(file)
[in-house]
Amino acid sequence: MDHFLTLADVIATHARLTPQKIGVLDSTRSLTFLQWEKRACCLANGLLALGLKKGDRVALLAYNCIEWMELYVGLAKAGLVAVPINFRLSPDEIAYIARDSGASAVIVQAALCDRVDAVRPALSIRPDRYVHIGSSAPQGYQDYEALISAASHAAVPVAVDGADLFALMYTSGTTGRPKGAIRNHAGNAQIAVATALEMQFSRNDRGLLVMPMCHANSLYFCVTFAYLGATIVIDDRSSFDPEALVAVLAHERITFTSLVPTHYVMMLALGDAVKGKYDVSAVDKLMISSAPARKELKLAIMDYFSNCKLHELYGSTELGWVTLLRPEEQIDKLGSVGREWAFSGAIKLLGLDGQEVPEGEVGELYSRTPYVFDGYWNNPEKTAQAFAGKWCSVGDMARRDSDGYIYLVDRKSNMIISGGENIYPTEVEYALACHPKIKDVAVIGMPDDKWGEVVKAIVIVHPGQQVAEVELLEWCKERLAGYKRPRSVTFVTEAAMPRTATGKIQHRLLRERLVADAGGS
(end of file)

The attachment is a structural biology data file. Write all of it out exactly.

[in-house]
Amino acid sequence: MDHFLTLADVIATHARLTPQKIGVLDSTRSLTFLQWEKRACCLANGLLALGLKKGDRVALLAYNCIEWMELYVGLAKAGLVAVPINFRLSPDEIAYIARDSGASAVIVQAALCDRVDAVRPALSIRPDRYVHIGSSAPQGYQDYEALISAASHAAVPVAVDGADLFALMYTSGTTGRPKGAIRNHAGNAQIAVATALEMQFSRNDRGLLVMPMCHANSLYFCVTFAYLGATIVIDDRSSFDPEALVAVLAHERITFTSLVPTHYVMMLALGDAVKGKYDVSAVDKLMISSAPARKELKLAIMDYFSNCKLHELYGSTELGWVTLLRPEEQIDKLGSVGREWAFSGAIKLLGLDGQEVPEGEVGELYSRTPYVFDGYWNNPEKTAQAFAGKWCSVGDMARRDSDGYIYLVDRKSNMIISGGENIYPTEVEYALACHPKIKDVAVIGMPDDKWGEVVKAIVIVHPGQQVAEVELLEWCKERLAGYKRPRSVTFVTEAAMPRTATGKIQHRLLRERLVADAGGS